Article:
In the 1960s, thoughts and ideas and ethics and personal expression became subjects of news reporting. They didn’t know that, of course—they thought they were reporting on men growing long hair, boys burning draft cards, and girls burning bras—but they were unknowingly publicizing the value of individual thought as equal to the value of convention. The underdeveloped world continued with their focus on who was stronger, who could kill who—but we had finally begun to talk about who was ‘righter’. And through the practice of civil disobedience, we often proved that right had its own kind of might.

Intellectual awareness made a few gains, but pencil-necked geeks were still targets of society’s abiding heroes—the fit, the rich, the unremarkably normal. Then electronics stepped in and by the 1980s, being ‘smart’ had the potential to become ‘rich and powerful’—and the era of the mind had begun.

The context of our lives is now moot. What once was common sense is now the height of ignorance. What was propriety is now bigotry. What was manly is now sexist. What was feminine is now self-loathing. Trust in authority became paranoia. Progress became pollution. And capitalism has become slavery (or rather, it has finally been recognized for what it always was). These are good changes—this is progress—but that doesn’t ease our confusion.

Now we must second-guess every thought, every word, and every assumption. We live with dual minds, judging our surroundings by two conflicting perspectives, repressing most of what we ‘knew’ in favor of what we now ‘understand’. Life is complicated—and not everyone is comfortable with that.

FamPh 400

Prior to this, the physically weak were the losers—we pitied them (or ourselves, depending on genes and physique) but otherwise relegated them to the ‘unimportant’. Nowadays, the intellectually weak are the losers—but for some reason, they have retained importance. An ignoramus like Sarah Palin can become a public figure. Idiocy like Creationism can be taught in public schools. Neo-Jim-Crow local law-enforcers feel empowered to gun down young, African American men at the slightest whim. Politicians even celebrate reactionary ignorance, as evidenced by the Tea Party.

So it isn’t confusing enough to come from institutionalized repression into a society just beginning to embrace reason—we have to deal with the sore-losers who want to move back into the cave, as well. God forbid we ever do things the easy way.

Reason is dangerous. Being a billionaire while millions starve is unreasonable—if we embrace reason, what horrible fate befalls the poor billionaire? Manufacturing weapons in a violent world is unreasonable—but that is not a problem so long as we are willing to put all the reasonable people in front of a firing squad. Reason precludes religion—but what good is reason if life isn’t a prelude to ‘an eternal afterlife in paradise’? Who wants to see the world as it is when, if we shout loud and long enough, we can insist the world is what we choose to believe?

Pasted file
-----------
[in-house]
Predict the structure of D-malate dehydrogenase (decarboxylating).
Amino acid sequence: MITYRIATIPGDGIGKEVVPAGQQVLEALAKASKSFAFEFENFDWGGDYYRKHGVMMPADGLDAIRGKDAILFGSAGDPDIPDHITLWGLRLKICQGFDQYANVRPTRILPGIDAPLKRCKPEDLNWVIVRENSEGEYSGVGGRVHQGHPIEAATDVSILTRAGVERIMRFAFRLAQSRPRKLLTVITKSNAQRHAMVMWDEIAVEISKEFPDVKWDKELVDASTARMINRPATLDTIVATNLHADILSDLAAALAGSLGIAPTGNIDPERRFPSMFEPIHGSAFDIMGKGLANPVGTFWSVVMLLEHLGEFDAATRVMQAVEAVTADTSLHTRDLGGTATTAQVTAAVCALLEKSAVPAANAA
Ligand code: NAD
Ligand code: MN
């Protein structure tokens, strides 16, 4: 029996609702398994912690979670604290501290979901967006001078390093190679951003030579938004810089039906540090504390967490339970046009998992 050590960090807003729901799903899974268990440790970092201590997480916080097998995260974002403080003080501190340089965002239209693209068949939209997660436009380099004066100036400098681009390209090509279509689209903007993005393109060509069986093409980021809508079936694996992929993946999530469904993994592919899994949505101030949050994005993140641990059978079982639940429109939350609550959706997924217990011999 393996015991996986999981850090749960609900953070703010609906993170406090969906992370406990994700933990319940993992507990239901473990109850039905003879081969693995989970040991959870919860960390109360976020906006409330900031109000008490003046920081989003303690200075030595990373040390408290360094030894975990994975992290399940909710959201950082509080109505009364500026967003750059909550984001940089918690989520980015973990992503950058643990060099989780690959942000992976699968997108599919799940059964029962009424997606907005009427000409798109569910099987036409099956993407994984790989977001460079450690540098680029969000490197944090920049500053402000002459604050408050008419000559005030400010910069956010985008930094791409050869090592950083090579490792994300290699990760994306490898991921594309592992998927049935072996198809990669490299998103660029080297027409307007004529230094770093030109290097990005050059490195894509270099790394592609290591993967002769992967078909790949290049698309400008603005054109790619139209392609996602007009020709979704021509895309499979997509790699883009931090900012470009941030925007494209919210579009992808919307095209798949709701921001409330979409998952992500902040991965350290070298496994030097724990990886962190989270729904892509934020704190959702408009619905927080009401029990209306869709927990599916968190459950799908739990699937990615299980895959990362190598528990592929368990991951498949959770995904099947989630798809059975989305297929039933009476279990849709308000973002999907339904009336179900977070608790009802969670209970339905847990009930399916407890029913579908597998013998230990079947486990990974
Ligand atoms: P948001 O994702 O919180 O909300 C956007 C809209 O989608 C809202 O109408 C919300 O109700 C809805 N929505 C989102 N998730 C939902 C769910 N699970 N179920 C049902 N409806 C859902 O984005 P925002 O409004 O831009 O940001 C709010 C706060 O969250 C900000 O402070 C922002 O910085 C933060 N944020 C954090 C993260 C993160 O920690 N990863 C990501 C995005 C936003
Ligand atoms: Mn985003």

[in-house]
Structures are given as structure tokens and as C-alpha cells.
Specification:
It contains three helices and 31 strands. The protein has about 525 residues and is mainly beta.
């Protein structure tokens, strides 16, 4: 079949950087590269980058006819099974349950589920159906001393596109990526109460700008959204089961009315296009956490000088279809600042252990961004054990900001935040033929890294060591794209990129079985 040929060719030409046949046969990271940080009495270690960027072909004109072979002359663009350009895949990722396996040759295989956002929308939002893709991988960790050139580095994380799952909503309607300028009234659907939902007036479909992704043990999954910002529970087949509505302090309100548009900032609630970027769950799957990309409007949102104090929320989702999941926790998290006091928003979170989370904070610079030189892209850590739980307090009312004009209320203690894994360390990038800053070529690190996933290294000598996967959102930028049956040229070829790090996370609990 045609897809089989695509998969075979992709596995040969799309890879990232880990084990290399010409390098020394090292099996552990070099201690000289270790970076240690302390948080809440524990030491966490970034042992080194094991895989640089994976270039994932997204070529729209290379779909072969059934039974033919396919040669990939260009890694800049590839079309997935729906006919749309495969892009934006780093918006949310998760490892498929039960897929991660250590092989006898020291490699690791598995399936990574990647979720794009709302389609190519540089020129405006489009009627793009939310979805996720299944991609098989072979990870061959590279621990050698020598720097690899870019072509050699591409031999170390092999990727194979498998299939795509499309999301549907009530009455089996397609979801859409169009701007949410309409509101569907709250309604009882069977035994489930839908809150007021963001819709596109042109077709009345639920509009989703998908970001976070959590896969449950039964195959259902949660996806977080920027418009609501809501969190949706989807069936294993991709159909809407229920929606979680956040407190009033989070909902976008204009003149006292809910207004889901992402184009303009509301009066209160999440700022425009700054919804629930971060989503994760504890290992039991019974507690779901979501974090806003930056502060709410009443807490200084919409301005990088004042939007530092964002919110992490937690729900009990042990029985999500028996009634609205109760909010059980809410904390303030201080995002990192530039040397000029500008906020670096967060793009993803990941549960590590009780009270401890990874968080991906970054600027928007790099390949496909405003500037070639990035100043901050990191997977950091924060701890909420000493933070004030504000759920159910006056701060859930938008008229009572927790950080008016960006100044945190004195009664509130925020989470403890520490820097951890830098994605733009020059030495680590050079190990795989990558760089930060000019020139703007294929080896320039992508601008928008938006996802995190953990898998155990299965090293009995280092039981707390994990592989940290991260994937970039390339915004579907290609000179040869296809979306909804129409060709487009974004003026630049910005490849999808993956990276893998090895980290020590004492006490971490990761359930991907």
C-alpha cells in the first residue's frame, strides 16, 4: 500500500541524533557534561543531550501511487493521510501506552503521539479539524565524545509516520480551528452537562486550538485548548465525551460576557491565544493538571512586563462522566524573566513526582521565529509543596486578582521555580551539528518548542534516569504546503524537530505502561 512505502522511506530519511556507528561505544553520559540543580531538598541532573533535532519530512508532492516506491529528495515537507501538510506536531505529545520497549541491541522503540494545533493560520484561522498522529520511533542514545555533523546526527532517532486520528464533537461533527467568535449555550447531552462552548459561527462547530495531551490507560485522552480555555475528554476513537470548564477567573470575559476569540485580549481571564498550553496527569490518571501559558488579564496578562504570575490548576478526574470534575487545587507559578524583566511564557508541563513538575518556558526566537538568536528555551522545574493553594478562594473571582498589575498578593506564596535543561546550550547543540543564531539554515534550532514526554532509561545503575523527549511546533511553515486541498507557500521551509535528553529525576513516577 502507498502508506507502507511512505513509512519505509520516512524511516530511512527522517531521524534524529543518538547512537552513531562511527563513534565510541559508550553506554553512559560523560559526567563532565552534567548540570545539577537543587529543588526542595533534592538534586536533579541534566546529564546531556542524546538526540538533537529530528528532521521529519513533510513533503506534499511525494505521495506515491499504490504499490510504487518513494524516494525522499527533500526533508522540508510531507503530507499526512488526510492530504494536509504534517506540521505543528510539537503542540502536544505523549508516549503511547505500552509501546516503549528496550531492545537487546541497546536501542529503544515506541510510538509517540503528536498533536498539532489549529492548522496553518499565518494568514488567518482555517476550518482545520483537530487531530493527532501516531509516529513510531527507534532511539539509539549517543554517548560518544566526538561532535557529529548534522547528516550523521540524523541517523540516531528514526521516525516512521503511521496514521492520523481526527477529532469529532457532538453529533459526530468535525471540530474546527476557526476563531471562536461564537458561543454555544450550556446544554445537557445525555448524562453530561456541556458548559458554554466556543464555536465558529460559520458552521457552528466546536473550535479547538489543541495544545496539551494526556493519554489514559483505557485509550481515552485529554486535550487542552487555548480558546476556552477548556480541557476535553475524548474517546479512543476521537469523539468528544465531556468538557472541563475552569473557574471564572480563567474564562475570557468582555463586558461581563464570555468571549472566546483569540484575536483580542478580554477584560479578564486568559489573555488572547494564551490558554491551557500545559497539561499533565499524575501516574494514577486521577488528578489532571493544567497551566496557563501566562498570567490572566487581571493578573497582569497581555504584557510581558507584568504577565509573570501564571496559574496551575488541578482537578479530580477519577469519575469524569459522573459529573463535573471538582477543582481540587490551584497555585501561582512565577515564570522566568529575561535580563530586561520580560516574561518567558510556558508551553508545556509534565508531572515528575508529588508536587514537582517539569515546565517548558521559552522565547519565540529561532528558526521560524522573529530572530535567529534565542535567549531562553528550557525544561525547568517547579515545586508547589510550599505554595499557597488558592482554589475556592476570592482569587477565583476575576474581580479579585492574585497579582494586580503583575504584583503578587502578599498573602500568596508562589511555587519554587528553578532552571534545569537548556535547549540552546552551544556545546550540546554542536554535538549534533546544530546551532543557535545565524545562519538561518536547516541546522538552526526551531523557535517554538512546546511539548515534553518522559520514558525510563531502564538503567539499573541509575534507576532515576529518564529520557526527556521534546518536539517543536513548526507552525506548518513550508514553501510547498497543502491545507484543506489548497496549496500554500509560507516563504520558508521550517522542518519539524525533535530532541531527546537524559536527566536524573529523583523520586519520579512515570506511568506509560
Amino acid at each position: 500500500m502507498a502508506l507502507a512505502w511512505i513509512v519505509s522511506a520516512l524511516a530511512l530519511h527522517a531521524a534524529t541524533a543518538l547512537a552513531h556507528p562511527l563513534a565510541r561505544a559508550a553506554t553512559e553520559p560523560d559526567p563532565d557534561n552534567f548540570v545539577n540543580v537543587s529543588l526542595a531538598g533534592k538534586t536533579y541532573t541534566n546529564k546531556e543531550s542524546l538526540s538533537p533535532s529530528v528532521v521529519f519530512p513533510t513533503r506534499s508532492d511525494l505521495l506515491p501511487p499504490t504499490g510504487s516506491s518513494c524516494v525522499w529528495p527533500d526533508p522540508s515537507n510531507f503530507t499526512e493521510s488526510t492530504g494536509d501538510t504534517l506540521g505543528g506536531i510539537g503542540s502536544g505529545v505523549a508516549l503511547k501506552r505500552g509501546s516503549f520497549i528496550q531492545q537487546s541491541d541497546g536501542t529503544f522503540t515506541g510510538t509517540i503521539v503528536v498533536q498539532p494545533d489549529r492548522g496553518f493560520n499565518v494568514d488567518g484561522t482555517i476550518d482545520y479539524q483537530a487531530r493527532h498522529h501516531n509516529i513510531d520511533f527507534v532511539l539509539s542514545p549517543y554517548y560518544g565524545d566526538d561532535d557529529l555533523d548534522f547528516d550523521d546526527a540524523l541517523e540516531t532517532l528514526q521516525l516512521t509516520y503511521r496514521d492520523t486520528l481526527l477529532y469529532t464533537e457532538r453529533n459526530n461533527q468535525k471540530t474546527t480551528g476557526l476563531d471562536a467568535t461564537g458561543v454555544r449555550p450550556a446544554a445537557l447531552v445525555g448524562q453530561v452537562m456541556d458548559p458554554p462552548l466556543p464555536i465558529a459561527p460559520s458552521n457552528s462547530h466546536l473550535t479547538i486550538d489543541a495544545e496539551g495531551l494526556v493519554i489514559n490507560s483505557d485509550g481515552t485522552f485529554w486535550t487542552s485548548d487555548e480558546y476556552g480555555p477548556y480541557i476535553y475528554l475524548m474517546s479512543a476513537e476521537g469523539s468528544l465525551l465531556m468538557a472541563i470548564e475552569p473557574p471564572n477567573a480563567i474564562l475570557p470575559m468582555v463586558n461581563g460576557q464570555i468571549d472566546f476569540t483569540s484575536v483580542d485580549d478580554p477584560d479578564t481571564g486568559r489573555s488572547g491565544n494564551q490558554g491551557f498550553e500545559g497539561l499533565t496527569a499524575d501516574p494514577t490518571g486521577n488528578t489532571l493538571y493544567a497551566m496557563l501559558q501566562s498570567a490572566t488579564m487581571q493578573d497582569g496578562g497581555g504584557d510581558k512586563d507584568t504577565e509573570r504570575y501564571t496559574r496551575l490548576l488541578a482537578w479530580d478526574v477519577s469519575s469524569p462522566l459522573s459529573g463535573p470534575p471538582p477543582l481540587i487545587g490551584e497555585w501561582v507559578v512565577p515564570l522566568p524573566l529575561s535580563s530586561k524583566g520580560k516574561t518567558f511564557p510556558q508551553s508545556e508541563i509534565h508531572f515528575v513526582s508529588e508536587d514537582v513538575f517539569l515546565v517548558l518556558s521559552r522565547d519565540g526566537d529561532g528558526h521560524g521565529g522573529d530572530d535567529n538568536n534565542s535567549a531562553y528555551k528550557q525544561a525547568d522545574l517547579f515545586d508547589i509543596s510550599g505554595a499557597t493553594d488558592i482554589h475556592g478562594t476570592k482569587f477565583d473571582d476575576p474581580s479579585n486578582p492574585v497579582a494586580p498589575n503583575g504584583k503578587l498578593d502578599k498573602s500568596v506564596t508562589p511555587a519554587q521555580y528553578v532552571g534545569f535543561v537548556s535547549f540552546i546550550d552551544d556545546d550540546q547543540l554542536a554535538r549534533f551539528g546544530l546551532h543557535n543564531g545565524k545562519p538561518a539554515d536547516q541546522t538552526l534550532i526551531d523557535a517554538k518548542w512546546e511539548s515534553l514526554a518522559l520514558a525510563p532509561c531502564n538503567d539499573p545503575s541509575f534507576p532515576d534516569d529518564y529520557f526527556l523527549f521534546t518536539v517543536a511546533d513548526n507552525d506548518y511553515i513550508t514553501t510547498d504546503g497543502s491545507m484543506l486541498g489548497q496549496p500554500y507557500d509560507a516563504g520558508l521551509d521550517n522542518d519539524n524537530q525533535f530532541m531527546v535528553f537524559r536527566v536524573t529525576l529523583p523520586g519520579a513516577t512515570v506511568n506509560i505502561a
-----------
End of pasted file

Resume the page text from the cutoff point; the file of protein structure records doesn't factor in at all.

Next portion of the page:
Okay, all that aside–here’s my latest improv:

Half of the ‘Seasons’ (2014Oct14)


Tuesday, October 14, 2014                  9:39 PM

XperDunn plays Piano on October 14th, 2014

Excerpt – six (6) ‘months’ from “The Seasons” (Op. 37bis)

by Pyotr Ilyich Tchaikovsky  (1840–1893)

 

  1. March: “Song of the Lark”
  2. April: “Snowdrop”
  3. May: “May Nights” ["White Nights"]
  4. June: “Bacarolle”
  5. July: “Song of the Reaper”
  6. August: “The Harvest”

 

–Tchaikovsky is among my favorite composers to play—many of his piano pieces are intended for beginner and intermediate level pianists, which put them within my grasp. When playing, for instance, Beethoven or Chopin, I have to select pieces that do not assume a virtuoso technique—leaving the majority of their works outside the realm of my possibility.

The twelve pieces known as “The Seasons” were commissioned by the publisher of a St. Petersburg monthly music magazine—Tchaikovsky contributed one piece per issue for the year 1886 (They were all written the year previous). Subscribers had the pleasure of learning a new piano piece to complement each month of the year—imagine a whole year in which Tchaikovsky sent you a monthly soundtrack to play in your family room or music room! The charm of their origin is one of the things that endear these works to me.

There are bits of poetry attached to each title ‘month’, but these were determined by the Publisher, not the Composer. They can be seen on Wiki—which, by the way, points out that Tchaikovsky didn’t exactly bare his soul to write these pieces—they were more by way of earning some extra dough.

Nevertheless, I ever return to this manuscript to play a piece or three—someday I aspire to play the whole thing, January straight through to December—but it’s no small effort and I remain challenged by a few, more demanding months (like “February”). In fact, I consider today’s video of merely half of the twelve something of a high point in my video recital career—it won’t win a Grammy, but it’s surely a personal best of sorts. I hope you enjoy it.

And my posts aren’t complete without at least one improv, and today’s no exception—“Maple Trees” also includes a clip of the wind in the trees in our yard today….